|Helga de la Brache|
|Born||Aurora Florentina Magnusson |
September 6, 1817(1817-09-06)
|Died||January 11, 1885(1885-01-11) (aged 67) |
|Known for||supposed secret royalty|
Helga de la Brache, née Aurora Florentina Magnusson, (1817-09-06, Stockholm – 1885-01-11, Stockholm), was a Swedish con artist. She attained a royal pension by convincing the authorities that she was the secret daughter of King Gustav IV of Sweden and Queen Frederica of Baden.
The exiled Gustav IV and Frederica of Baden had divorced in 1812, but Helga de la Brache claimed that they had married again, secretly, "in a convent in Germany", which resulted in her birth in Lausanne in 1820. She was later sent to be raised by her alleged father's aunt, Princess Sophia Albertine of Sweden. When the Princess died in 1829, she was taken to the Vadstena asylum, so that the secret of her birth would be concealed as she would be thought to be insane. She was saved in 1834 and taken to her family in Baden, where she was placed under house arrest. In 1837, upon seeing the news of her father's death in the paper, she forgot to hide her grief. She returned to Sweden, were she was again put in an asylum to prevent the secret of her birth to be revealed. She managed to escape from the asylum, and was taken under the care of charitable people, who supported her despite persecution, and soon, she was given a pension of 6,000 § from her mother's family in Germany. In 1850, the pension had ceased coming, and she was unable to continue the standard of life to which she of birth had been accustomed - and she was also forced to support her many faithful friends, who stood by her during her years of persecution: No smaller pension than 5,000 or 6,000 would be sufficient.
Her story was believed by many private people in Sweden and Finland; followed by her faithful companion, who was an educated and cultivated woman who supported her story, de la Brache performed with a simplicity and naivete which made people unable to think she was cunning enough to have made it all up, and sensible enough for people to think that she did not believe it because she was mad. Eventually, even the skeptics had to admit that the story was at least theoretically possible. She received great financial support from private benefactors. She convinced the minister of justice, Nils von Koch, the parliamentary Anders Uhr and the royal court chaplain Carl Norrby, but was seen as a fraud by Prime minister Louis De Geer and foreign minister Ludvig Manderström. The queen mother Josefina took an interest in her. The king did not take much interest but wanted to get the whole affair over and done with.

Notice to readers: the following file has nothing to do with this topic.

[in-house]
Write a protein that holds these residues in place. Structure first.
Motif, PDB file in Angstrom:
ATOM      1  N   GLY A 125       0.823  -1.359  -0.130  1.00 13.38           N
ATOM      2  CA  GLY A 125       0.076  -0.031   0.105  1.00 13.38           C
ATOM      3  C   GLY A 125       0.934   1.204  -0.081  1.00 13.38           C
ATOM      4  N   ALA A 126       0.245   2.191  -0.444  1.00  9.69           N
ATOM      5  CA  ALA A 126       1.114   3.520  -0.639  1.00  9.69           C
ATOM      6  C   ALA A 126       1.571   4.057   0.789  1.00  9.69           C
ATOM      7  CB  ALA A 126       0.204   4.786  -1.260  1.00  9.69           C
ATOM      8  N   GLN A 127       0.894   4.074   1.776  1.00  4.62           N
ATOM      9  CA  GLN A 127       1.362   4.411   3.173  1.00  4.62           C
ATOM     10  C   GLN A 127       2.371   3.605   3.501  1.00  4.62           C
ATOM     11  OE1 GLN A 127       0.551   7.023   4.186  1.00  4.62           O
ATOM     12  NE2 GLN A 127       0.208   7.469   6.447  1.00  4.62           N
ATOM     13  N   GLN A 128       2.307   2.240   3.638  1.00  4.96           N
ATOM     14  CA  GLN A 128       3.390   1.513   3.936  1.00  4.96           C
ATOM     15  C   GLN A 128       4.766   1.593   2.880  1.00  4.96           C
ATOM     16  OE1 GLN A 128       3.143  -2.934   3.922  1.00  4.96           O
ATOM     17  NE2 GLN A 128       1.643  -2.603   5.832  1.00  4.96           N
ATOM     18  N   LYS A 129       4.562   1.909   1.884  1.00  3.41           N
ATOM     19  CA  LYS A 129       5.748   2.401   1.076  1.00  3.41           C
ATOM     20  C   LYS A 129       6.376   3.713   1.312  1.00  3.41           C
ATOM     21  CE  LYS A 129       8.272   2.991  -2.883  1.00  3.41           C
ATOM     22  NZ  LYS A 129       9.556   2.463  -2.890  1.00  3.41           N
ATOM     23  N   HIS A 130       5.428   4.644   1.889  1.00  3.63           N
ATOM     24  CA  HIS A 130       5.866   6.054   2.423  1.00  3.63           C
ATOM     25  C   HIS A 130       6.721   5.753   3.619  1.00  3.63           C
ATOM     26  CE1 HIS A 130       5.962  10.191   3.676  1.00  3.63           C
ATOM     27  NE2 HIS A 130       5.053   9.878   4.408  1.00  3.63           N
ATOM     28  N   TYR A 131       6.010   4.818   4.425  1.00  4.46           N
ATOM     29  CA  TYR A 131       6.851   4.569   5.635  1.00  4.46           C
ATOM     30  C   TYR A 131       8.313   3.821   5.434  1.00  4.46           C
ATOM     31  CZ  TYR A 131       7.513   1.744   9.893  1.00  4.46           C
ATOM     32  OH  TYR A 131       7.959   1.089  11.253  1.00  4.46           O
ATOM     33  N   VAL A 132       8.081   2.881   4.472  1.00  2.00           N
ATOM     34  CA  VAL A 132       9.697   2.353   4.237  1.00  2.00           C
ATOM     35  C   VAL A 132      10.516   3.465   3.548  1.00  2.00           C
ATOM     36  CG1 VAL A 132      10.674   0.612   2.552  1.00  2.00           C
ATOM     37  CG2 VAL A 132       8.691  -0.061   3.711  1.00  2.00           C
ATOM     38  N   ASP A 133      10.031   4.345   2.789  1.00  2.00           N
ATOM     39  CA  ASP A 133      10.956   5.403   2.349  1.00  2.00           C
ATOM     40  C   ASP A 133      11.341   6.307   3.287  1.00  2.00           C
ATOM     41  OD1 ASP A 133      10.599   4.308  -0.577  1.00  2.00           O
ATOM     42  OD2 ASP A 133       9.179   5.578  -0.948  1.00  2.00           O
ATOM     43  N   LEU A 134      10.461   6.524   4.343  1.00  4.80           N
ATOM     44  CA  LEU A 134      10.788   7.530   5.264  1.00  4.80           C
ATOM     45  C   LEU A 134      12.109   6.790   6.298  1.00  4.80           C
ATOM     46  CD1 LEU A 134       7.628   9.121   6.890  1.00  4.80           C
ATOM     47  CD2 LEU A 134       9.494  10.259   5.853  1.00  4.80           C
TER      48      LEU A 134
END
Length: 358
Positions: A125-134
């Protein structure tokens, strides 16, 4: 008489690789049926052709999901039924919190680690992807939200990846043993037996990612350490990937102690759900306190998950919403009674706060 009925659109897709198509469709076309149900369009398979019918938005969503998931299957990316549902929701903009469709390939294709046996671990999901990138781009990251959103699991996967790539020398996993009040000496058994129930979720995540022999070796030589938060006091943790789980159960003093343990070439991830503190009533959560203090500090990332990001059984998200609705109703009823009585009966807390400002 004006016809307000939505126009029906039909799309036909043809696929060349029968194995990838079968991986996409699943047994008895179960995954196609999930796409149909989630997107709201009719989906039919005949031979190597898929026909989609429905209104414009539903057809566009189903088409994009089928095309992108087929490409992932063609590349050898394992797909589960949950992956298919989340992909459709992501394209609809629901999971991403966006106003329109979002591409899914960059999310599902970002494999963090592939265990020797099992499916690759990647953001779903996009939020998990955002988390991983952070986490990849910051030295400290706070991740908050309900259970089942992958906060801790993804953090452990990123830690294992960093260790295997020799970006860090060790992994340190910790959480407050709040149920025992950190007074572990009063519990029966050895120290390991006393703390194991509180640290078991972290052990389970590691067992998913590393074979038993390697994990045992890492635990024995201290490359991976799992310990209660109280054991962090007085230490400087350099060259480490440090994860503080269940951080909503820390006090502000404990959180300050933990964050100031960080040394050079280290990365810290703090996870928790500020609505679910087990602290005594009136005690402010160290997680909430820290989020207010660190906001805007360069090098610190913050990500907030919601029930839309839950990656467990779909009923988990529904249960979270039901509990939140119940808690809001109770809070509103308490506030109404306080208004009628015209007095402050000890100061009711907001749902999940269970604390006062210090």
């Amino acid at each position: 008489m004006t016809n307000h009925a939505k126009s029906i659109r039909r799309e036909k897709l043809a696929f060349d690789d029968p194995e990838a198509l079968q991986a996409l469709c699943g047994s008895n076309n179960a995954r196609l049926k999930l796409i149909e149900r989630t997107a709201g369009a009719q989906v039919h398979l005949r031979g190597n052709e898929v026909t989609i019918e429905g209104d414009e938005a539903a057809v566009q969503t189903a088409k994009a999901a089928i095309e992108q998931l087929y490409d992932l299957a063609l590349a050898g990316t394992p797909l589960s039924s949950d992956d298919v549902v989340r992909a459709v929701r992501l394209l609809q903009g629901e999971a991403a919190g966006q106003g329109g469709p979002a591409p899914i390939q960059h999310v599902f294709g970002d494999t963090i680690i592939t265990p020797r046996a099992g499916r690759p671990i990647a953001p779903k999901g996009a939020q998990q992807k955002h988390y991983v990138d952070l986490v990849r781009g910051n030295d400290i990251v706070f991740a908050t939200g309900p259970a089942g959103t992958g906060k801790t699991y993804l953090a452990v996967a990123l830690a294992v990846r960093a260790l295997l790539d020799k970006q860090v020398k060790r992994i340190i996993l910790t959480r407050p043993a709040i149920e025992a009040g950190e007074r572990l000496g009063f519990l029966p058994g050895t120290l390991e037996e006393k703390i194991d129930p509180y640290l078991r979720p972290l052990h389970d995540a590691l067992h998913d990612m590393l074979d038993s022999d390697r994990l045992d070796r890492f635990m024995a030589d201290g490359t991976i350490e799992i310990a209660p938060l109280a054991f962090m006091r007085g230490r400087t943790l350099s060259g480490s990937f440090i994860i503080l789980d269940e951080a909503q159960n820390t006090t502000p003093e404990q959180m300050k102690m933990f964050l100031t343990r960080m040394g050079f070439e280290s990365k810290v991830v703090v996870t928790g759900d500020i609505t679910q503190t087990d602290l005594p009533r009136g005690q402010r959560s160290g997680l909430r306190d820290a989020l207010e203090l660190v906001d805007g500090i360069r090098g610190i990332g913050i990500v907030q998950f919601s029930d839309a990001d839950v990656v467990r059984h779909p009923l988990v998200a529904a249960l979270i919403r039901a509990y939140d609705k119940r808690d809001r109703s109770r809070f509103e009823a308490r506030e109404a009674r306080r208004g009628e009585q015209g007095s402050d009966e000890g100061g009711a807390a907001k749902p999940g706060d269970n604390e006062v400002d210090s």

In March 1861, the king allowed her an annual pension from the foreign department of 2,400 Swedish riksdaler a year, (the amount, from the beginning 1.200, was made larger in December 1869). He also promised to get her the furniture of a princess. She managed to continue this for years.
In 1870, however, an article in a newspaper by C. Norrby, one of her benefactors, appeared, resulting in an investigation.
The Real Story
In 1876–77, it was proved that she was born in Stockholm as Aurora Florentina Magnusson to the custom caretaker Anders Magnusson (died 1826). In 1835, she was a maid to a book-keeper named Hedman, where the family said that she always had the mind to "rise above her status". In 1838, she was employed by a wealthy family, whose daughter became deeply devoted to her, dressed her in elegant clothes and left her family for her; it was she who later became her companion and accomplice in the fraud.
When the two women moved to Finland in 1844, Aurora Florentina had the name de la Brache on her passport, and when she came back to Sweden in 1845, she changed her name to Anna Florentina de la Brache. She managed to have her name changed from her birth certificate to Helga. The two women can be traced to have moved around from one city to another in both Sweden and Finland - Helga was often supported by her friend, who worked as a teacher; in 1846 they were in Turku, in 1848 in Örebro, in 1857–59 in Sala, where they tried to start a fashion shop, before they arrived in Stockholm in the 1860s to commence their fraud.
The trial in 1876–77 draw much attention both from the public and the royal family and was much reported in the papers. It led to the loss of the pension of Helga/Florentina. "Princess Helga de la Brache" spent her last years in an apartment in Klara norra with her companion, seemingly paid for by a supporter. The two women lived a quiet life, walked in the park and ordered home food and rarely talked to other people, although Helga was described as a nice old woman. In 1884, however, the two women were observed in the gardens of Drottningholm Palace by King Oscar II, who ordered them to be escorted from the park. Soon after, they moved from their apartment to another one in Djurgården, because they were afraid that they were going to be arrested. She died in Djurgården 1885.
In 1909, the politician Per August Johansson tried to clear her name, but the process led to nothing.
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